Charlene Bencomo, executive director of the nonprofit advocacy group Bold Futures, said there are two new abortion clinics coming to Las Cruces, the state’s second largest city. In addition, the director of Jackson Women’s Health Organization in Mississippi told NBC News she is considering opening an abortion clinic in New Mexico if the court’s draft decision becomes final.
Bencomo said a lack of “real access” has been a problem in southern New Mexico “for decades.”
She said many in the reproductive health care community are “working for real access because of the incredible need.”
One prohibition on abortion care that remains in place is the Hyde Amendment. A rider the U.S. Congress attaches to the federal budget bill every year, the Hyde Amendment has been in effect since nearly as long as Roe v. Wade made abortion a constitutionally recognized right. It prohibits federal dollars being used for abortion care and primarily effects Native Americans, members of the military and federal workers who receive employer-based insurance.
Some Democrats in Congress have tried to end the Hyde Amendment. The 2021 federal budget bill didn’t include the rider for the first time since its inception decades ago. But some Senate Democrats sided with Republicans on the issue and Republicans held up the budget bill until the Hyde Amendment was reinstated earlier this year, Politico has reported.
Joan Lamunyon Sanford, executive director of the abortion fund New Mexico Religious Coalition for Reproductive Choice, said abortion bans “don’t stop abortion.”
“It increases cost and those costs are not just medical costs. The travel costs, the cost of childcare, the cost of missing work. And so, this will make abortion harder to get. It will fall hardest on people of color and those working to make ends meet. People with insecure immigration status,” she said.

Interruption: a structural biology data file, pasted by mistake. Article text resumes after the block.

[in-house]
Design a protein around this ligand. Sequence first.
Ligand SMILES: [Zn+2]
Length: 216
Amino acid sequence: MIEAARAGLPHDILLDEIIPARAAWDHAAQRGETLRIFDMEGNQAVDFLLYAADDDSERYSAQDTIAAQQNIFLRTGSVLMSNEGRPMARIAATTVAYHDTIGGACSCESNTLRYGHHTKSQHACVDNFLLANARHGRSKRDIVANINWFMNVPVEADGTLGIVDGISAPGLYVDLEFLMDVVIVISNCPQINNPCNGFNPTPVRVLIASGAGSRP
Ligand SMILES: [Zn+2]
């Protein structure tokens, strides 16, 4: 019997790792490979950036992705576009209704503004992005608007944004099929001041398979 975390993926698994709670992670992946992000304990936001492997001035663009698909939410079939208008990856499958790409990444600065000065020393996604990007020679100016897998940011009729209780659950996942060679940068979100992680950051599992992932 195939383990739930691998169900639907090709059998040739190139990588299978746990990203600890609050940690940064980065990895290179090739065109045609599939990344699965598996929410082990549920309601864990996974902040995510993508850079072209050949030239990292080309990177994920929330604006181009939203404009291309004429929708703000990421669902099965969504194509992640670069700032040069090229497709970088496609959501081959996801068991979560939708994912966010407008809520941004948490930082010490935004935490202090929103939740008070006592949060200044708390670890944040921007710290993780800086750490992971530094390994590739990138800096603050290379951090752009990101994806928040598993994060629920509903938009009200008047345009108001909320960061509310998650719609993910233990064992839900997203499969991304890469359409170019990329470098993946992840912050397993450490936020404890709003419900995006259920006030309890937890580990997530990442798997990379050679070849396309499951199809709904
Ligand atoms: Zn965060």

Lamunyon Sanford also said that self-managed abortion looks different now than it did prior to Roe v. Wade.
“It’s important to distinguish between pre-Roe and post-Roe,” she said. “Self-managed abortion is extremely safe now. And we need to make sure it’s available.”
There are websites based in other countries, out of U.S. jurisdictional reach, that provide abortion medication. PPRM also provides telehealth in New Mexico. But Planned Parenthood clinics in New Mexico cannot provide telemedicine to patients outside of the state. Dr. Kristina Tocce, a provider for PPRM, told NM Political Report that individuals who live in other states have to cross into New Mexico to receive abortion care through telemedicine. But once they do, patients who live out-of-state can access telehealth abortion care from a PP clinic in New Mexico.
Some states have begun to ban telemedicine but, also, a provider has to be licensed in a state to administer care in that state, Tocce said.
“It’s challenging. States have different regulations. There are quite a few that have bans on telemedicine for abortion care,” she said, calling the move “unjust and unethical.”
Rushforth said overturning Roe v. Wade will hurt those who have limited access the most.
“Abortion patients and providers woke up [Wednesday] and while abortion providers went to work to serve their patients just like they’ve always done and will always do [in New Mexico], Roe is the floor. And before the Supreme Court ever existed, people on this land were making their own decisions, including when to have abortion,” Rushforth said.